Language Selection

English French German Italian Portuguese Spanish

Testdriving Freespire Beta2 (Build 0.0.76)

Filed under

The folks from Linspire/Freespire released their latest beta for public testing on July 25. Freespire is the open source version of the commercial proprietary Linspire distribution. Freespire offers users a chance to run the user-friendly great-looking system without an initial purchase. One can choose to purchase extra and proprietary software if desired, but Freespire is a complete system itself. Tuxmachines tested this latest beta to see how it's doing.

When one boots the system they are give a chance to start the installer or boot the system as a live cd. I believe this is the only system I've tested that does it this way. The installer is great looking with it polished buttons and check boxes and its beautiful background. The live cd boots up in a silent mode by default behind a really tasteful splash screen. Hitting escape will bring up the verbose mode, which scrolls white text over a background almost identical to the silent splash - minus the progress bar. It's wonderful little touches like this that make this distro feel very professional.


When booting as a live cd, one is presented with some configuration options such as timezone and sound then auto-logged into the KDE 3.3.2 desktop. It has lots of great looking touches such as the really pretty wallpaper of various blue hues in a whispy wavy pattern. The Kmenu button is a another customized addition looking very much like the kbfx offerings that have become so popular. Freespires version has a cool icon and the word Launch on another blue background.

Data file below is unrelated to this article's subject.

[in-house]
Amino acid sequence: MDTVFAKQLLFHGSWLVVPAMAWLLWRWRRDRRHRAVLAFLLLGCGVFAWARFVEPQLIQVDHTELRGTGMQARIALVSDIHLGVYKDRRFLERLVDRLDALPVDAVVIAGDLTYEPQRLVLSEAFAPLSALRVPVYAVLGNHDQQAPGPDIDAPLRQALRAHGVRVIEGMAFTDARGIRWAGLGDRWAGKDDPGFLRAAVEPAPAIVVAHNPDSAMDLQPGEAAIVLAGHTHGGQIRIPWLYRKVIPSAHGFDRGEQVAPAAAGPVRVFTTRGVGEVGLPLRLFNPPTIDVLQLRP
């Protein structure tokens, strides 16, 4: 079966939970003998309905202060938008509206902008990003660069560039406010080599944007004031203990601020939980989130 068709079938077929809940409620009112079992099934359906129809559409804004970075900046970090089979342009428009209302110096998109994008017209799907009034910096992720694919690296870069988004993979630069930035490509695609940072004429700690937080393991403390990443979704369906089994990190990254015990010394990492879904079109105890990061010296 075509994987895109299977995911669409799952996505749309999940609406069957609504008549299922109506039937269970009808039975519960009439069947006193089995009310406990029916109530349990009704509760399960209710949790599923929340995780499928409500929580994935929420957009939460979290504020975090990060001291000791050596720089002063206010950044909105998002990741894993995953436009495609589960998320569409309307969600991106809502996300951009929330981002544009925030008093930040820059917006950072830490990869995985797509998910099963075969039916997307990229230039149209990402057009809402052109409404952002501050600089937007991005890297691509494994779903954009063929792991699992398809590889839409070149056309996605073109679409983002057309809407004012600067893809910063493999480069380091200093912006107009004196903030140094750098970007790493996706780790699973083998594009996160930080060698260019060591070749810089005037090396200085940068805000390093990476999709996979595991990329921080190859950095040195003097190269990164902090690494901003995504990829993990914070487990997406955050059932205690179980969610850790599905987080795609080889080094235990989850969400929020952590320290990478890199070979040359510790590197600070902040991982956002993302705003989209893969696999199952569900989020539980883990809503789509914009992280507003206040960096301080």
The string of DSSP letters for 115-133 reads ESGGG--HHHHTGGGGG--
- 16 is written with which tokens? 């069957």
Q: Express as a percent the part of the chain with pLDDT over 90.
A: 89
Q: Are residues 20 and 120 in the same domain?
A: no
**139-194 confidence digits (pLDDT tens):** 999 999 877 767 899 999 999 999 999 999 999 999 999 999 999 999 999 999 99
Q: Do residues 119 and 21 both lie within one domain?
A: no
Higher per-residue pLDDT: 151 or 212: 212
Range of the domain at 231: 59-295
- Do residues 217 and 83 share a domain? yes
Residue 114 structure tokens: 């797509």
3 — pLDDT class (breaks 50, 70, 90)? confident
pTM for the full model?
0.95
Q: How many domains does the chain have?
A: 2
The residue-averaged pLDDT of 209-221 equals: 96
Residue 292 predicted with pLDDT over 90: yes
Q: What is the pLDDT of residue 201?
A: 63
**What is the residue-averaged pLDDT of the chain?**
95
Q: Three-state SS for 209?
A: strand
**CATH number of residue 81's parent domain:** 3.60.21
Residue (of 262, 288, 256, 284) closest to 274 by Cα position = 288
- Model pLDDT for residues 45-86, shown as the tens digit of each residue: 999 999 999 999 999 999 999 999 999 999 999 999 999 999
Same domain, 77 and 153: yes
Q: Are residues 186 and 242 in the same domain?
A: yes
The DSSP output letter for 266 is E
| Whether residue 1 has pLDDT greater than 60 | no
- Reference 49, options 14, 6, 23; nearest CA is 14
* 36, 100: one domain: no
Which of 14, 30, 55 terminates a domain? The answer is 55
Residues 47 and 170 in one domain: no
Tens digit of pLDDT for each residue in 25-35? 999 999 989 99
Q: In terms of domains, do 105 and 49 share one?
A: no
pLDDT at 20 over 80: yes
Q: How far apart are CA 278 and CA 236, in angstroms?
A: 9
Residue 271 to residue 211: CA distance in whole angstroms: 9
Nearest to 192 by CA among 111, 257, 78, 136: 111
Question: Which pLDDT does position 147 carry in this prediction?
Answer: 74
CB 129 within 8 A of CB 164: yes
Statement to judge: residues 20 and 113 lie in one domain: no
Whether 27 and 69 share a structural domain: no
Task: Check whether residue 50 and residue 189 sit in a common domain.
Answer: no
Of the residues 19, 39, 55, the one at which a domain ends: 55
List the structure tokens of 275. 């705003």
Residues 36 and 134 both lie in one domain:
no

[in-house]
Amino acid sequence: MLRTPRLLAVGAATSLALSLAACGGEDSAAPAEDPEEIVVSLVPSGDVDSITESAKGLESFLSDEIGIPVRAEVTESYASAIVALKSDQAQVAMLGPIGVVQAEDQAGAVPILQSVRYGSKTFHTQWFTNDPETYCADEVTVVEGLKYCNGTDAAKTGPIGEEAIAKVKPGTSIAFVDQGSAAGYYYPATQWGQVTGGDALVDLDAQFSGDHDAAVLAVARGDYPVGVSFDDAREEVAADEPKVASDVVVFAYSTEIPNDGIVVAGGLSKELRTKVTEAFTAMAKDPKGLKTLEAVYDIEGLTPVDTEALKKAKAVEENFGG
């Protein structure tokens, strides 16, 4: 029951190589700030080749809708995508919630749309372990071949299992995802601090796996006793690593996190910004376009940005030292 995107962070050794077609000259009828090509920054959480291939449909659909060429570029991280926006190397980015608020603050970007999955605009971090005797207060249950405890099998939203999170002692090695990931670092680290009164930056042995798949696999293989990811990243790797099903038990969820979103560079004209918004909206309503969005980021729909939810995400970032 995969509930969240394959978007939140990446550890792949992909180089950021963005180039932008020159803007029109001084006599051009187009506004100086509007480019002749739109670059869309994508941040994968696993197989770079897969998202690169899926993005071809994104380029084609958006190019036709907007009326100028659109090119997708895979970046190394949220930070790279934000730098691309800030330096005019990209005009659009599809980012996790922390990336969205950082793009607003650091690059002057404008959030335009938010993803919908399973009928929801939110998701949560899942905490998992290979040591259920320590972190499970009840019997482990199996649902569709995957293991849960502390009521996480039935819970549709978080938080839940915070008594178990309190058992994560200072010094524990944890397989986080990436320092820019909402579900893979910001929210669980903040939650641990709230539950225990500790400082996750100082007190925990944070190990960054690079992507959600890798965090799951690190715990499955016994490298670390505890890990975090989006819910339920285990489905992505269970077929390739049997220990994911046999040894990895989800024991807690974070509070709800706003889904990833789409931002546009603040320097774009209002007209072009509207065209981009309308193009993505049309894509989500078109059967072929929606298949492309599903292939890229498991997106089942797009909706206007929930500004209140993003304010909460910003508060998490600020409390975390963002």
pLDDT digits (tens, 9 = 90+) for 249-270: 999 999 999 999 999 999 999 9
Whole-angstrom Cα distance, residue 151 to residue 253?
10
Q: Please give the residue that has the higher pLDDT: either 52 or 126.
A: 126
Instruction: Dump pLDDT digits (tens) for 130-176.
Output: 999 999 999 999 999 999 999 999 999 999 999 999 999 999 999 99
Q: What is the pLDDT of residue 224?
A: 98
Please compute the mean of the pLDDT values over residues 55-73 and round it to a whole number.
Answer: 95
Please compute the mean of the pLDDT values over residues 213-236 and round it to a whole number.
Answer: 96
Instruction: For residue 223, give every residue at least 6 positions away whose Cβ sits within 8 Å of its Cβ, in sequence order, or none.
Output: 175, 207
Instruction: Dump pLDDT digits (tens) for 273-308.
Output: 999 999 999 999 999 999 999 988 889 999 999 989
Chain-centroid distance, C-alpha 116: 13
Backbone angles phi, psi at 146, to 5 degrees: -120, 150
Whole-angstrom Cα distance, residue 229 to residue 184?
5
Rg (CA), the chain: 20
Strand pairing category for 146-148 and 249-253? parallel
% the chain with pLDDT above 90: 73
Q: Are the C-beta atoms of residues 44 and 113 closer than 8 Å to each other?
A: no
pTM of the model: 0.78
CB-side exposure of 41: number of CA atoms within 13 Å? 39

In the menus one can find at least one application for the various common computer tasks. Most are open sourced KDE applications customized with fantastic icons and a great windec. Some are newer versions while others are beginning to become a bit outdated. For example, Firefox and Thunderbird are while OpenOffice is 2.0. Also in the menu are some configuration tools, system utilities, and help links. Missing from the menu is a system installer. One must boot that option at the boot screen.


Basic hardware detection was good and performance was surprising even from the live cd. Nvidia proprietary drivers are included and multimedia support is good as well. I could play any of the commonly downloaded video formats such avis, mpegs, or even bins. There was a Macromedia Flash player as well as Real player too.


It is quite obvious that CNR is a big factor in the Freespire releases. Linspire was once considered an almost evil element in the Linux community. It was likened to Microsoft in many ways. This was due to their using free open source software, customizing it, and then releasing their system for a fee. The kicker was they didn't release any of their work back into the open source community. First revising their initial plans of supporting Windows applications and then finally releasing an open sourced version of their system helped alleviate this ill will. However, the roots are still visible in CRN. Click and run is their software package manager of sorts, but it requires a subscription fee to access the repositories. Most of the applications in this repository derived from the open source community. Thanks to cpd747 for pointing to the faq that states there are repositories available and accessible through the apt-get from the commandline. Yet it still feels very much like Freespire was born to sell CRN, not that trying to make money is a bad thing.